Not many would disagree, despite some who see Holcomb’s methods as at times too aggressive.
Due in no small measure to these aggressive efforts, the U.S. military has achieved the highest casualty survival rate in its history in Iraq and Afghanistan since 2001. In a 2009 article in the Journal of Trauma, “The Warrior’s Combat Surgeon,” Lorne Blackbourne described Dr. Holcomb’s personal contributions to this historic achievement and the admiration and respect that Dr. Holcomb is accorded from everyone in military medicine who has had the good fortune to know him.
In addition to personally leading the effort to establish the military’s Joint Trauma System (JTS) and the Department of Defense’s Trauma Registry, both integral components of caring for America’s wounded, Holcomb directed the SOCOM Tactical Combat Casualty Care Transition Initiative, thus leading the way in the transformation of battlefield trauma care in the U.S. military and around the world. He would go on to become a charter member of the Committee on Tactical Combat Casualty Care and one of its strongest voices over the last 15 years.
Holcomb was also the recipient of the 2009 Committee on Tactical Combat Casualty Care Frank K. Butler Award for Outstanding Contributions to TCCC, as well as a co-recipient of the first U.S. Special Operations Command Surgeon’s Award in 2005. In addition, Holcomb was the 2014 recipient of the John Pryor Award from the Eastern Association for the Surgery of Trauma. This award is given each year to the individual who has made the greatest contributions to military trauma care.
Since retiring from the military in 2008, Dr. Holcomb has accumulated almost 10 years of experience as a leader in civilian medicine, practicing at a large urban academic medical center where he has had multiple leadership roles, including Vice Chair of Surgery at UT Health, in Houston, Texas. His hospital is not only one of the busiest trauma centers in the country, but also has a nationally recognized reputation for the highest quality patient outcomes.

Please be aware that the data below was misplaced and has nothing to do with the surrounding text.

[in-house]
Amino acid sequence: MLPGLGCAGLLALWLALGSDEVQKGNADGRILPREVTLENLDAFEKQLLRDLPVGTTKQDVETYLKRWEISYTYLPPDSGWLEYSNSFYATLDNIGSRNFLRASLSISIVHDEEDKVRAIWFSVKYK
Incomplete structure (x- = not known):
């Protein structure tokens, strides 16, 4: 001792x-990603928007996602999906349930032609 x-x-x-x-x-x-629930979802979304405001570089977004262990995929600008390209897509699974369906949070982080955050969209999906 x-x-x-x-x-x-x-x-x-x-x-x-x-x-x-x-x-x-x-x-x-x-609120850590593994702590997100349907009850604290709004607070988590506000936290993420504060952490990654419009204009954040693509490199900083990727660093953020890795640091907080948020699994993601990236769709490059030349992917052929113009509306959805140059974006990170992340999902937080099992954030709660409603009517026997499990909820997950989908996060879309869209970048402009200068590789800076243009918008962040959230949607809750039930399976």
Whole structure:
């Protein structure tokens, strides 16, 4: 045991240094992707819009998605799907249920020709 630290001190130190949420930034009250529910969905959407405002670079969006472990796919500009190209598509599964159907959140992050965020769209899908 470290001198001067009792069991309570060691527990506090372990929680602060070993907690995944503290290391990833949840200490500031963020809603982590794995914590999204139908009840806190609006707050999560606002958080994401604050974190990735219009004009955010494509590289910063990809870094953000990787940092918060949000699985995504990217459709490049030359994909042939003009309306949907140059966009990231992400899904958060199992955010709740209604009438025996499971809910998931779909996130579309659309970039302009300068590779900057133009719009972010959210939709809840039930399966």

Dr. Holcomb is also a member of the American College of Surgeons Committee on Trauma, the most authoritative group of thought leaders in the world on trauma care. He is a member of the White House Task Force on translating military trauma care advances to civilian mass casualty events, and a member of the Hartford Consensus Working Group. The latter group, established after the Sandy Hook School shooting in Newtown, CT, has taken the lead for the American College of Surgeons in translating military advances in external bleeding control to the civilian world.
One could go on and on about this impressive medical practitioner, but the point is hopefully made. Dr. John Holcomb has done as much as any single man to help save thousands of wounded U.S. military lives on the battlefield. He deserves every award he has received, and more, and it is through efforts such as his, as well as those of his colleagues, that the U.S. military medical community will continue to best serve wounded American servicemen and women.
(Featured image courtesy of The New York Times)